Mandatory coronavirus vaccination bill introduced in New York State Assembly


A New York lawmaker has introduced a bill making vaccinations against the Wuhan coronavirus mandatory. Democrat State Assembly member Linda Rosenthal introduced the bill Dec. 4, which is currently being reviewed by an assembly committee as of writing. Rosenthal’s proposed bill mandates vaccination “for all individuals who … are proven to be safe to receive a vaccine [for COVID-19]” if public health officials determine that New Yorkers “are not developing sufficient herd immunity.”

Rosenthal’s Assembly Bill A11179 states that a vaccine approved by both the Food and Drug Administration (FDA) Center for Biologics Evaluation and Research and the state’s clinical advisory task force “shall be required to be safely and effectively distributed in accordance with the [New York State Department of Health] COVID-19 vaccination program.”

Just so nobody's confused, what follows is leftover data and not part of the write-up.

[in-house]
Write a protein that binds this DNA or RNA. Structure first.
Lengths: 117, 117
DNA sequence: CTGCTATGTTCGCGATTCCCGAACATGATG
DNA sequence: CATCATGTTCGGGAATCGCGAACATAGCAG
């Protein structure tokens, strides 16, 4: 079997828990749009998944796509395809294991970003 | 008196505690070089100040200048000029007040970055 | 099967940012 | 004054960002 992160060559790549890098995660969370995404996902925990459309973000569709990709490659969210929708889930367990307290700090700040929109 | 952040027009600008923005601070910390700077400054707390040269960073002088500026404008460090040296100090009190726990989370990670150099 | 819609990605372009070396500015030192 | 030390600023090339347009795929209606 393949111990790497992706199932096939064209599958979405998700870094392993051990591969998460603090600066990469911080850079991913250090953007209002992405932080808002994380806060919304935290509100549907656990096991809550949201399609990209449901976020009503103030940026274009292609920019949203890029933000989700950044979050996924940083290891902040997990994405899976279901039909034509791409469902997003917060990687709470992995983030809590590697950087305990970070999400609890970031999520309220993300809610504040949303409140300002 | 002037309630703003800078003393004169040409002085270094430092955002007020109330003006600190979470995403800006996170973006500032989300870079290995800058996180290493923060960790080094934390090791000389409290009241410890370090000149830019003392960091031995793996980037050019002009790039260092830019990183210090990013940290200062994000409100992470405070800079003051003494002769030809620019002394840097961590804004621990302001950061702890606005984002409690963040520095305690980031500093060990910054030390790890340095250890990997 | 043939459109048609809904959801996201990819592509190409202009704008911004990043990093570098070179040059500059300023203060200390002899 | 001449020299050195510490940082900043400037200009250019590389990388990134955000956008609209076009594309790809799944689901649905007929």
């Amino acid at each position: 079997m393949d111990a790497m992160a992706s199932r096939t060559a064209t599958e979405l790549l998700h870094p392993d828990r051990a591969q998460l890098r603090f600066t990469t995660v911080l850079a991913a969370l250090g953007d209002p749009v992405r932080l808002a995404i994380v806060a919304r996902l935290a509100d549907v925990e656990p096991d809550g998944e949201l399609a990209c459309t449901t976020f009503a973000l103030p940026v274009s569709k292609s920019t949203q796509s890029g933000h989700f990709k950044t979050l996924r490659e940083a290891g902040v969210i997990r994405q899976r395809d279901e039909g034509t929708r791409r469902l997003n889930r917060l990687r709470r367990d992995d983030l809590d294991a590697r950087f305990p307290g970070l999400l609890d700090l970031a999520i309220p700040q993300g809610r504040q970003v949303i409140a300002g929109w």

The bill’s support memo outlined: “While steps have been taken to reduce the spread of COVID-19, epidemiologists and public health experts have concluded that a vaccine will be necessary to develop herd immunity and ultimately stop the spread of the disease.” It also remarked that the state “must make efforts to promote vaccination and ensure that a high enough percentage of the population is vaccinated … to develop sufficient immunity.”

Rosenthal’s proposed bill does not define “sufficient immunity,” which leaves the definition to public health officials.

In an interview with FOX 5 NY, the legislator remarked that the compulsory vaccination mandate should take effect if less than 70 percent of the population voluntarily gets immunized. She said that with the mandate, “the State Department of Health would have the ability to say that more people have to get [the vaccine]. And they would set the rules … and the structure.”

The bill also provides for exemption: Anyone who has “received a medical exemption from a licensed medical professional” will be excluded from the forced vaccination mandate.